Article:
Decreasing dry weight +++ (sodium balance neutral or negative) Altering the dialysis prescription Select antihypertensive medications according to the elimination

    profile Suspend ESA or switch from intravenous to subcutaneous ESA

  • The lingering dilemma of arterial pressure in CKD:what do we know, where do we go?

    1. What is the optimal level of target blood pressure (BP)among patients with chronic kidney disease (CKD)? Does this target depend on the severity of proteinuria? Should elderly

    patients with CKD have the same target levels of BP as younger patients?

    2. What is the optimal level of target BP in patients with end-stage renal disease (ESRD) on dialysis? How should thesetargets be achieved: diet, drugs, or dry weight? What is the impact of lowering BP on residual renal function, cardiac function, and

    overall outcomes among hemodialysis patients?

    3. What is the role of excess volume in the genesis ofhypertension among patients with CKD? Does the pathophysiology vary as a function of clinical and

    demographic factors such as age, sex, race, and proteinuria?

    4. What markers indicate excess volume among dialysis patients?

    5. What is the optimal BP measurement technique and timing among those with CKD, including those on dialysis? What shouldbe the reference standard for the diagnosis and management ofbe the reference standard for the diagnosis and management of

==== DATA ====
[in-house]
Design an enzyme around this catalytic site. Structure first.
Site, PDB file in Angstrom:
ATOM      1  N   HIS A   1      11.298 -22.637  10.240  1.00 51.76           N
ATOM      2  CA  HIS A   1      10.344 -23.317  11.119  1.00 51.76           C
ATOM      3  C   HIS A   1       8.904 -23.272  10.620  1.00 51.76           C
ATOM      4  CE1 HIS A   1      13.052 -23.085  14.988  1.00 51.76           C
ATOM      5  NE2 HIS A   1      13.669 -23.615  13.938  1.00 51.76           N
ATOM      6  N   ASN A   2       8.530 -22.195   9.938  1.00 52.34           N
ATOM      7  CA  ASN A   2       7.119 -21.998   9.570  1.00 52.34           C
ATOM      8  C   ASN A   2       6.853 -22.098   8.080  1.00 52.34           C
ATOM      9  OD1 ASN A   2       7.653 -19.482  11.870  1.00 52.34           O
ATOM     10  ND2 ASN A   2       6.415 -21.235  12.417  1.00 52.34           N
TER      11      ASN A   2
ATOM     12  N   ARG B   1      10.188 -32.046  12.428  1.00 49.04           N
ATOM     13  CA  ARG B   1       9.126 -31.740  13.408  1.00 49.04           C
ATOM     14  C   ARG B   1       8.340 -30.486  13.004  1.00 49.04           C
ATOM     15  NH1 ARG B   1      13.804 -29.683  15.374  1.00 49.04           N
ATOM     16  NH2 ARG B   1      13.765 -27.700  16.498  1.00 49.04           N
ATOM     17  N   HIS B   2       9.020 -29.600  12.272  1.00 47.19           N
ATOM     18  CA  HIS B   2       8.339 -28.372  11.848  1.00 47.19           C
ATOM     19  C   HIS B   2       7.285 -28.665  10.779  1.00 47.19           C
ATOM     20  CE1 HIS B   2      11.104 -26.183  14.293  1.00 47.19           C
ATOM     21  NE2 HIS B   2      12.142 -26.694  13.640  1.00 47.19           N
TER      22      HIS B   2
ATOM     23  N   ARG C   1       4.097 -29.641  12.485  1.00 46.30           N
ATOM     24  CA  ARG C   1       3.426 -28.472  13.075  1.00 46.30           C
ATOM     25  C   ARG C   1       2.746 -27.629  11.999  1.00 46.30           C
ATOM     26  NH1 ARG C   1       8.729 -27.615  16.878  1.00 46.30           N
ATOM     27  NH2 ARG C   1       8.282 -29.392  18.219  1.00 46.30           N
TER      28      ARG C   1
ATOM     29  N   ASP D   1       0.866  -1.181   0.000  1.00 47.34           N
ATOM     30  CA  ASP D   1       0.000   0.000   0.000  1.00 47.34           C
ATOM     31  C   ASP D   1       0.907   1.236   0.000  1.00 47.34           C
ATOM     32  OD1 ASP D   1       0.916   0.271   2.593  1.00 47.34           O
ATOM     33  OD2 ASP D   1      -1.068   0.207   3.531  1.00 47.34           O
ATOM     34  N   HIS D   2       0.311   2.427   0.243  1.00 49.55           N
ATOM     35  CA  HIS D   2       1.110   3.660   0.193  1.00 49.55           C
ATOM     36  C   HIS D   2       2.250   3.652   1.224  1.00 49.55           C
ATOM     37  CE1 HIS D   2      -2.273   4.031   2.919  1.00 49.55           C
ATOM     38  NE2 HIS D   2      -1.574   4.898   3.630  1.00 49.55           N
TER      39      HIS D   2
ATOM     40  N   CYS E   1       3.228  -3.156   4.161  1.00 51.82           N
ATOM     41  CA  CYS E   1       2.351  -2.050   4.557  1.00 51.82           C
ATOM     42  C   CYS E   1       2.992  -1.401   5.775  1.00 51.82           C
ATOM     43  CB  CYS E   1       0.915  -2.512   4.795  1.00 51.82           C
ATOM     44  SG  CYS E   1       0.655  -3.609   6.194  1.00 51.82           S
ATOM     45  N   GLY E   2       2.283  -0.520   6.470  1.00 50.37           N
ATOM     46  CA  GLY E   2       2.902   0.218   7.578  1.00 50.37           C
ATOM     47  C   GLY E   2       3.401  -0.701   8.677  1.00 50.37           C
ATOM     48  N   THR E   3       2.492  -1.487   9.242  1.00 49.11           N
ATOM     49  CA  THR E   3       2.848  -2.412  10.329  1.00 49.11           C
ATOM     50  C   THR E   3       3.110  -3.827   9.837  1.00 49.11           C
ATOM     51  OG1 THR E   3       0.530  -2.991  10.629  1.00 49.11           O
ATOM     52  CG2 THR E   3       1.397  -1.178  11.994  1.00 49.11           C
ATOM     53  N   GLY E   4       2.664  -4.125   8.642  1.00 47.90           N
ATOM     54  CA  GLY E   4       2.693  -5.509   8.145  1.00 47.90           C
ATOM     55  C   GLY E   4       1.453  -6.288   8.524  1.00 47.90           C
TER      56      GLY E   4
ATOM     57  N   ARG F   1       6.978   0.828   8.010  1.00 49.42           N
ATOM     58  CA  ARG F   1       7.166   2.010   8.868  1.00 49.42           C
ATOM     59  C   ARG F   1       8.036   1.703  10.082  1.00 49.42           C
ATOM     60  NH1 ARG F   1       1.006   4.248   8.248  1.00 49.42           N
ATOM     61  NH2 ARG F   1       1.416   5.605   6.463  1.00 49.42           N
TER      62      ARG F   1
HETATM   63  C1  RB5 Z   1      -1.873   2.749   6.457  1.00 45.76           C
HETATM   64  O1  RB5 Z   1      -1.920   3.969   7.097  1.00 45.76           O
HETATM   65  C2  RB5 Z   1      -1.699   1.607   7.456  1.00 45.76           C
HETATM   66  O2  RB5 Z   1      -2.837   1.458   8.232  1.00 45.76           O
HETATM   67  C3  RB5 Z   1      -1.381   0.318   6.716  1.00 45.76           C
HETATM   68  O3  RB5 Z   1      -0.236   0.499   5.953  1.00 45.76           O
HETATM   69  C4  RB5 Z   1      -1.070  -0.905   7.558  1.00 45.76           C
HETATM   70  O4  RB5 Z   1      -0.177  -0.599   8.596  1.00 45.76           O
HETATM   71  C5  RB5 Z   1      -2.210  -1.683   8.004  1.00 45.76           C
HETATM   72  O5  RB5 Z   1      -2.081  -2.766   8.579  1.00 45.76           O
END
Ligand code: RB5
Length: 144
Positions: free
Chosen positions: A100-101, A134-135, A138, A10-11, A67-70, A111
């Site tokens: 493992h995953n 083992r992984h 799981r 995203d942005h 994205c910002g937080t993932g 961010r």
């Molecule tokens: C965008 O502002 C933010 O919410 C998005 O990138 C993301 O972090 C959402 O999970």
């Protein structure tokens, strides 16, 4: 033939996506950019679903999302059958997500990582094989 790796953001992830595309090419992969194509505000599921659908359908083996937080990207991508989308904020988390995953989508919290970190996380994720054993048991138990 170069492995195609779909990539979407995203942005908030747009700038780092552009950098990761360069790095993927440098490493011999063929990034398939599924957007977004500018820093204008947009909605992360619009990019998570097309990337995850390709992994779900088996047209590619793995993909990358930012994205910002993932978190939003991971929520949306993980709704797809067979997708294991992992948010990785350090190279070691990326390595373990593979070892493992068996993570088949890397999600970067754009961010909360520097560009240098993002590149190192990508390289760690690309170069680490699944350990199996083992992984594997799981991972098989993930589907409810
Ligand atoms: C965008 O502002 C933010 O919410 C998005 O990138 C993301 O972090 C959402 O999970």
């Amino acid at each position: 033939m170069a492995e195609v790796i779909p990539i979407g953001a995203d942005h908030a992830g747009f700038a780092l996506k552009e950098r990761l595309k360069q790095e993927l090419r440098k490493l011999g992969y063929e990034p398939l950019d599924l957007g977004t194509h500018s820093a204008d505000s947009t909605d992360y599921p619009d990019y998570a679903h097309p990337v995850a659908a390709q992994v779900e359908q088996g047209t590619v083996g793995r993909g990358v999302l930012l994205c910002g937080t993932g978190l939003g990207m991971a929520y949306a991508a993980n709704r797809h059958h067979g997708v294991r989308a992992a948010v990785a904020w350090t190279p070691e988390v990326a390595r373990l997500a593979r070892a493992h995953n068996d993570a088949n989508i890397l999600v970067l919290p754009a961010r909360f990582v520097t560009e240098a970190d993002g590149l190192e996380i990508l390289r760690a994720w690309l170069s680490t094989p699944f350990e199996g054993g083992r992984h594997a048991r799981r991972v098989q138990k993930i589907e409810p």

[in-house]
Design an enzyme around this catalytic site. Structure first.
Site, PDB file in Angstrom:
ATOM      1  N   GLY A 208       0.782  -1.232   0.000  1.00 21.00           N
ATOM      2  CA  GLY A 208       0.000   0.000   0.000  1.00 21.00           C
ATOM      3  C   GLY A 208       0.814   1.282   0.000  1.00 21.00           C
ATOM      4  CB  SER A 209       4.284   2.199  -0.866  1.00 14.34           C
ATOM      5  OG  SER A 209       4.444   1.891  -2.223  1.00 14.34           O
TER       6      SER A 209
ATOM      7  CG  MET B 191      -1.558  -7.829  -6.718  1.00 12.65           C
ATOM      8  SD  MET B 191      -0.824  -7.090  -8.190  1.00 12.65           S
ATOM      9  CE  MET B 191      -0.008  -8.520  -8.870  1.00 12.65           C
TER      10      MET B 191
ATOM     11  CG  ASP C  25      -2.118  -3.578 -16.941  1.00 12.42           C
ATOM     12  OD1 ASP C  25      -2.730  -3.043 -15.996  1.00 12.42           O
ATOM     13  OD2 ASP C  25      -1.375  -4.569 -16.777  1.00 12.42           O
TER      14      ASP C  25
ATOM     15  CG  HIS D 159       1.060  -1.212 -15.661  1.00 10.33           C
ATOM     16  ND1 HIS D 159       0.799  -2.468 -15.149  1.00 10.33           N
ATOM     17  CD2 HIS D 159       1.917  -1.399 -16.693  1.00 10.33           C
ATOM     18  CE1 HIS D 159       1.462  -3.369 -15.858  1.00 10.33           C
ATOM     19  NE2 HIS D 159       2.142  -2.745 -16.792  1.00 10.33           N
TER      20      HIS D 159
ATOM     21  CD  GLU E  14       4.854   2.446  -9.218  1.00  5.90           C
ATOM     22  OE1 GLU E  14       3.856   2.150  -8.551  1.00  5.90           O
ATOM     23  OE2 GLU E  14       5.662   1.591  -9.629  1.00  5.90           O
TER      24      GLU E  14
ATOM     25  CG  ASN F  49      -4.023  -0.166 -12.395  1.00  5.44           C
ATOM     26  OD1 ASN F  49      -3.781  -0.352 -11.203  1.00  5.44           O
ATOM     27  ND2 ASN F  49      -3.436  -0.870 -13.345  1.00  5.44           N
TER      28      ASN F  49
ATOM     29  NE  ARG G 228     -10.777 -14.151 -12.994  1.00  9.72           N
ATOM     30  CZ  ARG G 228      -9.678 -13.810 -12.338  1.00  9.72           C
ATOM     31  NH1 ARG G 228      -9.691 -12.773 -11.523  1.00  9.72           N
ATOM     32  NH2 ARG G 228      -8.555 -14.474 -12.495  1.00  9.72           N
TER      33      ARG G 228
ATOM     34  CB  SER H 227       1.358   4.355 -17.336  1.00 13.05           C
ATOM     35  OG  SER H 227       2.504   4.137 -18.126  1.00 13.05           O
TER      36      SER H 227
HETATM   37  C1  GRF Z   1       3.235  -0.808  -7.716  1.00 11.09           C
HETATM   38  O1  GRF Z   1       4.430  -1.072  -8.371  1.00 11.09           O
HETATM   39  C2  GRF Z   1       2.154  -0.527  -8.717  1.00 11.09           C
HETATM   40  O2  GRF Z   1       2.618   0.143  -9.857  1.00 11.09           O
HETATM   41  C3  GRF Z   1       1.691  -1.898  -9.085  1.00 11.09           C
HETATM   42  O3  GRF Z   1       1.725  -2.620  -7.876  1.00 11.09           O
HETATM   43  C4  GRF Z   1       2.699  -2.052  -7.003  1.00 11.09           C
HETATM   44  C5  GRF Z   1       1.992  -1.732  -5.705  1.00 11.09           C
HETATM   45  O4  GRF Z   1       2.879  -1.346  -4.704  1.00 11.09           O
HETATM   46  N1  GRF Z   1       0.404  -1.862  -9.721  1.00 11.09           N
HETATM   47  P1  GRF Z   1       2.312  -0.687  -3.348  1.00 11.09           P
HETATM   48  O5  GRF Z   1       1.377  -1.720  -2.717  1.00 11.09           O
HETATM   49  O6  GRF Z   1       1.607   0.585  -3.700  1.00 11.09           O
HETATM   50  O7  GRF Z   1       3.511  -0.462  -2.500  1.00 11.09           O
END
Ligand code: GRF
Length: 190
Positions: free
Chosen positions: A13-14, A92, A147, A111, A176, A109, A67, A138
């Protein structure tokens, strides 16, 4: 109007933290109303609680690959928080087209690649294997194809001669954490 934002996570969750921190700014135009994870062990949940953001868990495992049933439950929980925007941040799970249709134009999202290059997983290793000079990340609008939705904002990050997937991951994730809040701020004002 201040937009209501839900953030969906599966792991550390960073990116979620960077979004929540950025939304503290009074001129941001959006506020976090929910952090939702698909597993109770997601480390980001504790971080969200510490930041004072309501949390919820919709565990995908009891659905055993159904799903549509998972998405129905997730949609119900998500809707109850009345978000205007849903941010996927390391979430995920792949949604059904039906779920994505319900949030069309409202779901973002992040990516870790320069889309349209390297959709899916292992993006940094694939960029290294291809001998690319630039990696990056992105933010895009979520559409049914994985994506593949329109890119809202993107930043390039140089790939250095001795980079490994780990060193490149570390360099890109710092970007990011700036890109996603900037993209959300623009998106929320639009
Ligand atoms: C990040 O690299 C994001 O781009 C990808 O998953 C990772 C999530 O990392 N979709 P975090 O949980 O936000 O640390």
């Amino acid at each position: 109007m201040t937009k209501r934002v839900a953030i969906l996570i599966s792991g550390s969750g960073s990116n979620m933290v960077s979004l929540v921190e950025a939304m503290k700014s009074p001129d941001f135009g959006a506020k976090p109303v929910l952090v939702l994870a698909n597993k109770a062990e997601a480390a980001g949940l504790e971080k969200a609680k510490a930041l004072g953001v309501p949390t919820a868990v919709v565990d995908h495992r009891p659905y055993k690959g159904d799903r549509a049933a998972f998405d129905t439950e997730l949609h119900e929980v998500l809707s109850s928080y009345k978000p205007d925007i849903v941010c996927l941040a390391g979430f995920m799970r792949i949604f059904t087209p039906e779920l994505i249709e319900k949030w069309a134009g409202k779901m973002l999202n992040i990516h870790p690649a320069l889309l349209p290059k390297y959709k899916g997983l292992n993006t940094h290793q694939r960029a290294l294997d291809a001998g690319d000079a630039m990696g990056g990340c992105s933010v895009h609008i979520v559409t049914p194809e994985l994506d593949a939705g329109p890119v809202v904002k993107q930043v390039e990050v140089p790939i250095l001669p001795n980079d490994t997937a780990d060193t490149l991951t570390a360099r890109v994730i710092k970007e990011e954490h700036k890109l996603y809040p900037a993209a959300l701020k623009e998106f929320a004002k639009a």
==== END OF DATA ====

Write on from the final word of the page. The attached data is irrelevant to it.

these patients? Clinic or dialysis unit BP, home BP, or ambulatory BP?

    6. What are the treatable causes of resistant hypertension among patients with CKD? What is the magnitude and timecourse of benefit that can be expected with treatment?

    7. What is the role of non-volume factors in sustaining hypertension in CKD? Sympathetic activation, thereninangiotensin system, endothelin, asymmetrical dimethylarginine (ADMA), renalase, etc.

    8. What are the risks and benefits of mineralocorticoidreceptor antagonists in the treatment of hypertension in patients with CKD?

    9. What is the independent prognostic significance of BPpatterns among patients with CKD?

    10. How does the evaluation of arterial stiffness add to themanagement of hypertension among patients with CKD?

    EUropean REnal and CArdiovascular Medicine (EURECA-m) working group of the European Renal AssociationEuropean Dialysis and Transplant Association (ERAEDTA)

    Kidney Int Suppl 1,17-20, 2011